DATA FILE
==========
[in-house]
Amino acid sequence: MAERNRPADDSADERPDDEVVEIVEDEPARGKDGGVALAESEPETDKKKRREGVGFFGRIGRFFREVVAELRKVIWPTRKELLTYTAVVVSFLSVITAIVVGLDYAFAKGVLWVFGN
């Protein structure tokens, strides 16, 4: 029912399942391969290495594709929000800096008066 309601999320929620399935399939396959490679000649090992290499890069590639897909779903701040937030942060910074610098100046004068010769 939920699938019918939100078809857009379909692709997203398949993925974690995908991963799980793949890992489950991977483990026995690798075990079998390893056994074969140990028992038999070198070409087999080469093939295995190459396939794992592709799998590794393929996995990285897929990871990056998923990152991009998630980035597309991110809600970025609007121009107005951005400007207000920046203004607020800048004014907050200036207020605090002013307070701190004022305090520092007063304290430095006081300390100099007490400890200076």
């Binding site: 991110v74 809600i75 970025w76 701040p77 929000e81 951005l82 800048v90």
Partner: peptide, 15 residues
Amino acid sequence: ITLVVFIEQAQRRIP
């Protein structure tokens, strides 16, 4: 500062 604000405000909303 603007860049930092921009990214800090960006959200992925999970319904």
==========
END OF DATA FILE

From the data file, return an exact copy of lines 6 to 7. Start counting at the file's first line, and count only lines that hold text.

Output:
Amino acid sequence: ITLVVFIEQAQRRIP
């Protein structure tokens, strides 16, 4: 500062 604000405000909303 603007860049930092921009990214800090960006959200992925999970319904």